Until fairly recently, conventional wisdom held that big government was “cool,” and that young people favored public entitlements and welfare programs.

Not so, according to the Reason Foundation’s J.D. Tuccille. Look at the American workforce who’s under the age of 30 and where they’re choosing to work—or not. Fully 9 percent of the under-30 demographic left the government sector workforce in 2013, which is especially significant given their overall workforce share:

The reasons for the exodus include a bureaucratic and byzantine hiring process that moves at glacial speeds, government shutdowns and limited opportunities once hired, and the bureaucratic internal culture.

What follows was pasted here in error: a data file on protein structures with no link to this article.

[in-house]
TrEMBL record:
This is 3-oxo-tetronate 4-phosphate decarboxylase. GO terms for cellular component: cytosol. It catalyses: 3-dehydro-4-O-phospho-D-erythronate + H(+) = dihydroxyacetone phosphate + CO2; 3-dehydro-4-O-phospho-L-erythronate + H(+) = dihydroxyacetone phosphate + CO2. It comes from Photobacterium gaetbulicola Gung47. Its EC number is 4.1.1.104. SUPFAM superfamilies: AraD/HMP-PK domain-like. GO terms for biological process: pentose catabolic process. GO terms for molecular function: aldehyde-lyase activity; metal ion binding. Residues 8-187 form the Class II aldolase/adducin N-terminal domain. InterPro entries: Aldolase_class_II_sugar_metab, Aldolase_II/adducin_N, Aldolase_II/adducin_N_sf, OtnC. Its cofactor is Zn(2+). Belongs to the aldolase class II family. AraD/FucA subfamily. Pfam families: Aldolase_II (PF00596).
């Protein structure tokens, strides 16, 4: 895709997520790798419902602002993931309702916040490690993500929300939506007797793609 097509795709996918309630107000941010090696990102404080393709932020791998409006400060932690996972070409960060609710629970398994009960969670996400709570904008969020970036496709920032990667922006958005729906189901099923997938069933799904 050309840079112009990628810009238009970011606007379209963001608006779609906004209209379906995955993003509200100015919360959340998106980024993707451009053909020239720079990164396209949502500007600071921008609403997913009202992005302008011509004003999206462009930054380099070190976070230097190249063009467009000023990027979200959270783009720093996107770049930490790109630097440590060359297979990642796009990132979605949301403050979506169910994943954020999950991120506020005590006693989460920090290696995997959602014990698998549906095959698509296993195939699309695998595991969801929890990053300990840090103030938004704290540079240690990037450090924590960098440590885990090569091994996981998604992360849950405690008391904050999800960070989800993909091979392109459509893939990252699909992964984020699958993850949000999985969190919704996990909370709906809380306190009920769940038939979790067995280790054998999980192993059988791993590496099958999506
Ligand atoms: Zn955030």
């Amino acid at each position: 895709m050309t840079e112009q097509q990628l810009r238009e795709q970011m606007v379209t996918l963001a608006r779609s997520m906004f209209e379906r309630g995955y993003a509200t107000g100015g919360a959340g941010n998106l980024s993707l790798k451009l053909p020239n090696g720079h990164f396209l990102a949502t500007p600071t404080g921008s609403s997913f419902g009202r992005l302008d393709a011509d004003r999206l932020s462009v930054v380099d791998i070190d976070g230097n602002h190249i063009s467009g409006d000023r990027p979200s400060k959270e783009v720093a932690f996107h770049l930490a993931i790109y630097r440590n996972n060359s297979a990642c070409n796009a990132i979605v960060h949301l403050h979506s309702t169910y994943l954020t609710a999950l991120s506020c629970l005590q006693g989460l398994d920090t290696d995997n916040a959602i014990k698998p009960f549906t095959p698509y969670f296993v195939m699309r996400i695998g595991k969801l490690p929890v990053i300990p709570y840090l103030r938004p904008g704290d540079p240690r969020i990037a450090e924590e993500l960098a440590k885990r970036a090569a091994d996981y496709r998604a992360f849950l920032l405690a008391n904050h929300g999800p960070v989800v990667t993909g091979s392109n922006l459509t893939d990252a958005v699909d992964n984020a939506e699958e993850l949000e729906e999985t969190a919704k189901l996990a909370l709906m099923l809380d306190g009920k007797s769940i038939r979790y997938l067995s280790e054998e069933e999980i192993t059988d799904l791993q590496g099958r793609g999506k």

"I had fantastic mentors and teachers in government. But there was a big question mark about what opportunities would be available for me," says Meghan Gleason, 29, who left the National Institutes of Health to take a consulting job at KPMG.

This squares with the results of a recent Office of Personnel Management survey, which found millennials rather less happy with their government gigs than federal employees from older generations, though they tend to like their immediate supervisors.

New-found disillusionment with the reality of government extends beyond those who have actually worked in the belly of the beast. In 2009, polling by the Pew Research Center found that only 42 percent of millennials thought government was "usually inefficient and wasteful." Six in 10 Americans over 30 held that low view of the beast. But whenReason-Rupe repeated the question earlier this year, 66 percent of millennials thought government was "usually inefficient and wasteful."

Reality is revelatory. And that "most pro-government generation" is growing, as we all do, wiser with hard-earned experience.